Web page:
I just love haunting used bookstores. There’s an energy there that invigorates me and heals my soul. I wander into the store, inhaling the special scent that is in all bookstores, anticipating the search for a new treasure, hidden there somewhere in all of those shelves, just beckoning me to it. I delight in feeling the books, running my fingers along the spines as I scan the titles, believing I can feel which one is the book to take out and peruse. Once I find one, I often sit on the floor if there is no chair around and read parts of books. That’s when magic happens. My surroundings completely disappear and I become lost in a world of my own, living only in that moment, in the book. Whether it is fantasy, a great novel, great poetry, a humorous mystery or comparative religion, I find myself drawn into the glory of the words.
Tonight, I was immersed in a book about Native American herbs and healing techniques. I thought about buying it but, oddly perhaps, felt that it needed to be there for someone else to find. As I was sitting in that section, cross-legged on the floor, a man and his young son, about five, came by. The son stopped, looked at me and as I felt him looking at me, I raised my head and smiled at him. He looked at me, just above my eye level. From the puzzled look on his face, he was surely wondering why a woman my age was sitting cross-legged on the floor of a bookstore and with the candid simplicity of childhood asked, “Why are you on the floor?”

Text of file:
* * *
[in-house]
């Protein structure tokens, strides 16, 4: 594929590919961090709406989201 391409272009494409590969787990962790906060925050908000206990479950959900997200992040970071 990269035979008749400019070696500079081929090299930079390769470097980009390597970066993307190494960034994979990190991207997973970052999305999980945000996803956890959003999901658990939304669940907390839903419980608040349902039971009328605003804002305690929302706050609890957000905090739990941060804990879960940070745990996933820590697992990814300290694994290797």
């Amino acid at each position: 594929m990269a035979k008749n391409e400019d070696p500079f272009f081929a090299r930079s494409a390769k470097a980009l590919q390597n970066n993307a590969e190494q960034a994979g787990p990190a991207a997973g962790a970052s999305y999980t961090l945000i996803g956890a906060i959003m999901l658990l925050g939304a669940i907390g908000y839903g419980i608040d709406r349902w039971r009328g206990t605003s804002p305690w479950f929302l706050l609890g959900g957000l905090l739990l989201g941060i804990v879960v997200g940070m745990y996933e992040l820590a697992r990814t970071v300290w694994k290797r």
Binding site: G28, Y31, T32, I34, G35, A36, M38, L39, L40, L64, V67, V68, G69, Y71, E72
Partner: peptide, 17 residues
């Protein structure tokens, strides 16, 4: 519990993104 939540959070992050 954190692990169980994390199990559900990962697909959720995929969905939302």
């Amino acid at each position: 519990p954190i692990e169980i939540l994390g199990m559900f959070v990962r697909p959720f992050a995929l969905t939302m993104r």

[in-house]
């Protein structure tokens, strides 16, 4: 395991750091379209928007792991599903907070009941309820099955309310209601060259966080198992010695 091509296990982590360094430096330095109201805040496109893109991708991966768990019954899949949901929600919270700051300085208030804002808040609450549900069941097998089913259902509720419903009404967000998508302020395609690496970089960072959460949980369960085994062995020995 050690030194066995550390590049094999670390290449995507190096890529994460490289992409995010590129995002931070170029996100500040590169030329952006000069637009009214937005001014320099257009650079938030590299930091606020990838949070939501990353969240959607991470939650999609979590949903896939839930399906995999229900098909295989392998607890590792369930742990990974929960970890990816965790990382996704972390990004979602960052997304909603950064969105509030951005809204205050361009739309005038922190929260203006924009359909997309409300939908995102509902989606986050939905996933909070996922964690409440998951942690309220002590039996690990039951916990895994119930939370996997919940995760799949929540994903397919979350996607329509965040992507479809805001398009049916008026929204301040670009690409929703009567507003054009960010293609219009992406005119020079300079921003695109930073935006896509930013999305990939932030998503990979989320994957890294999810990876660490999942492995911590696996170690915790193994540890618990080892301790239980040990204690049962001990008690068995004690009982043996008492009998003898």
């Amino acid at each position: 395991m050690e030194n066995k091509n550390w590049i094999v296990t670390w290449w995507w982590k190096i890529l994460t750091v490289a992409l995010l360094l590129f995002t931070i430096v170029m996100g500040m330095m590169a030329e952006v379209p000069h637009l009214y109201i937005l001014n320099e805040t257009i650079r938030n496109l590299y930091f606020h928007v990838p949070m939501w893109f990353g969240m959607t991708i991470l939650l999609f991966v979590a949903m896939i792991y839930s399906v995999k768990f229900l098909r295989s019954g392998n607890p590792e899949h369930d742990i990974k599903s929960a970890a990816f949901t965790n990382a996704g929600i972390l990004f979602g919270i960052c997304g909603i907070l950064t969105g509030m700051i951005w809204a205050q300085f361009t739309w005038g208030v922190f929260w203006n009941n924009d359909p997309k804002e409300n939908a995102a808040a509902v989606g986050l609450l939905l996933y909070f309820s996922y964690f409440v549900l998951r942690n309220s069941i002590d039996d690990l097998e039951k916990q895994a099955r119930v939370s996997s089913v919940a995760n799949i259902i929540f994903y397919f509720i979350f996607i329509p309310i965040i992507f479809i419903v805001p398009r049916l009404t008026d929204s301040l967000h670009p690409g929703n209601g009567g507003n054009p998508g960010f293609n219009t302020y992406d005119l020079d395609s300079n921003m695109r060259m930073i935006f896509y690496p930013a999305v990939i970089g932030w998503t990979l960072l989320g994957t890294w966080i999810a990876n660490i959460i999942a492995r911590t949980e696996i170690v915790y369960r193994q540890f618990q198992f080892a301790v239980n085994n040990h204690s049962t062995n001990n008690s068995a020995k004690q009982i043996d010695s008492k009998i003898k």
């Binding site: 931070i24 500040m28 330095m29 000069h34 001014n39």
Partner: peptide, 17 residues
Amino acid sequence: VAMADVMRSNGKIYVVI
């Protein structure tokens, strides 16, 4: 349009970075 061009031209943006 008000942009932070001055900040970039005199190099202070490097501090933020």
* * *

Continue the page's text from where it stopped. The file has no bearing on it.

I replied, “I’m sitting on the floor because I am reading this book and my legs are tired. What do you do when you read books?”
He looked up for a moment, then told me “I sit on my Daddy’s lap, but if he’s not there, I use a chair!!!” (“Silly woman” was in his voice, but he politely omitted that.)
I smiled and said, “But there isn’t a chair here. But the floor is.”
He looked perturbed and told me, “You’re a grandma. I can tell. I will go find you a chair.” My heart was touched by his generosity and courtesy. I looked up at his dad, who was patiently waiting and smiling during this exchange and asked if I could hug the little guy. He didn’t have to answer, because that little boy gave ME a long, tight and heart-felt hug. I thanked him for that sweet hug and the offer to find me a chair and told him I liked sitting on the floor. He said, “OK, if you say so. But you should find a lap.”
Out of the mouths of babes. Do you think bookstores should provide laps for reading? Perhaps not (darn), but parents should continue to share books and laps with their children. It inspires them to keep reading, learning and to explore the world.
Books open the universe to us. They expand our minds. They educate. They allow us to use our imaginations to find our place in the world and new ways of looking at others.
I look forward to my next adventure in a used bookstore. I sat on no laps, but I had a wonderful hug from a thoughtful young man who knows the value of a lap. And books. He now knows that even a Grammy can sit on the floor with a book. And lose herself in a world of words.